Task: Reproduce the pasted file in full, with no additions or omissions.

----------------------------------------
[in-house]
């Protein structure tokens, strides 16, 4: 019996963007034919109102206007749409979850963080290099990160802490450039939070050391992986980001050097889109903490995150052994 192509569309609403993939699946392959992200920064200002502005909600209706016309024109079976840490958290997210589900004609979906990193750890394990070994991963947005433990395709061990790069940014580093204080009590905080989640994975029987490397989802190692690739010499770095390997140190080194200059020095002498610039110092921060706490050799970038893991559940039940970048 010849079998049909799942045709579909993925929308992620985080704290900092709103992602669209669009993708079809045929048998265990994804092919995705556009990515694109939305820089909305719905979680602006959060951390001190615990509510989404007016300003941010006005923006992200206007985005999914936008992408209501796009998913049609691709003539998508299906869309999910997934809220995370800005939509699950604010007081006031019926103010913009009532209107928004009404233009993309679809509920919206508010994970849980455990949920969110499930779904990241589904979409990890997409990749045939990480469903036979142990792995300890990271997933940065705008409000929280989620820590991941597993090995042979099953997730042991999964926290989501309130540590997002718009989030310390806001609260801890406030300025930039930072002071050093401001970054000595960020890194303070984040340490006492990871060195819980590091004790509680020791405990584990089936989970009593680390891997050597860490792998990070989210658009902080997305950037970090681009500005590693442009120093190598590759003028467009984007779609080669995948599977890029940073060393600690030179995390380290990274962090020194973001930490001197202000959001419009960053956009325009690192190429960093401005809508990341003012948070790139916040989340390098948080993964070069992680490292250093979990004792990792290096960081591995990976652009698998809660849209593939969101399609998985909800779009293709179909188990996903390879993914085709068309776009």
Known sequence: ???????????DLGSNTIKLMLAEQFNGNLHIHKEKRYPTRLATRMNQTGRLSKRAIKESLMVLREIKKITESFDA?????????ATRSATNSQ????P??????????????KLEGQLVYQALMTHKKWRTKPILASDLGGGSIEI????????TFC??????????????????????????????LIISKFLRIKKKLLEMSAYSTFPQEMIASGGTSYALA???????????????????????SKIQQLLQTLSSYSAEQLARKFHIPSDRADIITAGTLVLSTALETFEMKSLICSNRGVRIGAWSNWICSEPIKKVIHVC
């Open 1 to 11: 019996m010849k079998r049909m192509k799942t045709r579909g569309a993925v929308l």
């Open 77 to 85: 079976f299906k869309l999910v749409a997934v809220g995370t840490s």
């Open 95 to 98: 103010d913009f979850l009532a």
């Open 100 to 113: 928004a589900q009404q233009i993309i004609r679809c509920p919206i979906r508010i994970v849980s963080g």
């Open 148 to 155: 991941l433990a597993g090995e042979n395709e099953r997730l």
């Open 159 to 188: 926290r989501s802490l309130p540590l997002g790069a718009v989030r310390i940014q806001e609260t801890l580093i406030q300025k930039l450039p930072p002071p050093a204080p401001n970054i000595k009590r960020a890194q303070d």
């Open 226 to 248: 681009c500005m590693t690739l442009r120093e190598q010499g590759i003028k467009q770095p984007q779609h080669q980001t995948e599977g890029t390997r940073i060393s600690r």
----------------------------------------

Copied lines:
[in-house]
């Protein structure tokens, strides 16, 4: 019996963007034919109102206007749409979850963080290099990160802490450039939070050391992986980001050097889109903490995150052994 192509569309609403993939699946392959992200920064200002502005909600209706016309024109079976840490958290997210589900004609979906990193750890394990070994991963947005433990395709061990790069940014580093204080009590905080989640994975029987490397989802190692690739010499770095390997140190080194200059020095002498610039110092921060706490050799970038893991559940039940970048 010849079998049909799942045709579909993925929308992620985080704290900092709103992602669209669009993708079809045929048998265990994804092919995705556009990515694109939305820089909305719905979680602006959060951390001190615990509510989404007016300003941010006005923006992200206007985005999914936008992408209501796009998913049609691709003539998508299906869309999910997934809220995370800005939509699950604010007081006031019926103010913009009532209107928004009404233009993309679809509920919206508010994970849980455990949920969110499930779904990241589904979409990890997409990749045939990480469903036979142990792995300890990271997933940065705008409000929280989620820590991941597993090995042979099953997730042991999964926290989501309130540590997002718009989030310390806001609260801890406030300025930039930072002071050093401001970054000595960020890194303070984040340490006492990871060195819980590091004790509680020791405990584990089936989970009593680390891997050597860490792998990070989210658009902080997305950037970090681009500005590693442009120093190598590759003028467009984007779609080669995948599977890029940073060393600690030179995390380290990274962090020194973001930490001197202000959001419009960053956009325009690192190429960093401005809508990341003012948070790139916040989340390098948080993964070069992680490292250093979990004792990792290096960081591995990976652009698998809660849209593939969101399609998985909800779009293709179909188990996903390879993914085709068309776009």
Known sequence: ???????????DLGSNTIKLMLAEQFNGNLHIHKEKRYPTRLATRMNQTGRLSKRAIKESLMVLREIKKITESFDA?????????ATRSATNSQ????P??????????????KLEGQLVYQALMTHKKWRTKPILASDLGGGSIEI????????TFC??????????????????????????????LIISKFLRIKKKLLEMSAYSTFPQEMIASGGTSYALA???????????????????????SKIQQLLQTLSSYSAEQLARKFHIPSDRADIITAGTLVLSTALETFEMKSLICSNRGVRIGAWSNWICSEPIKKVIHVC
């Open 1 to 11: 019996m010849k079998r049909m192509k799942t045709r579909g569309a993925v929308l």
């Open 77 to 85: 079976f299906k869309l999910v749409a997934v809220g995370t840490s």
């Open 95 to 98: 103010d913009f979850l009532a």
């Open 100 to 113: 928004a589900q009404q233009i993309i004609r679809c509920p919206i979906r508010i994970v849980s963080g």
């Open 148 to 155: 991941l433990a597993g090995e042979n395709e099953r997730l």
């Open 159 to 188: 926290r989501s802490l309130p540590l997002g790069a718009v989030r310390i940014q806001e609260t801890l580093i406030q300025k930039l450039p930072p002071p050093a204080p401001n970054i000595k009590r960020a890194q303070d």
């Open 226 to 248: 681009c500005m590693t690739l442009r120093e190598q010499g590759i003028k467009q770095p984007q779609h080669q980001t995948e599977g890029t390997r940073i060393s600690r």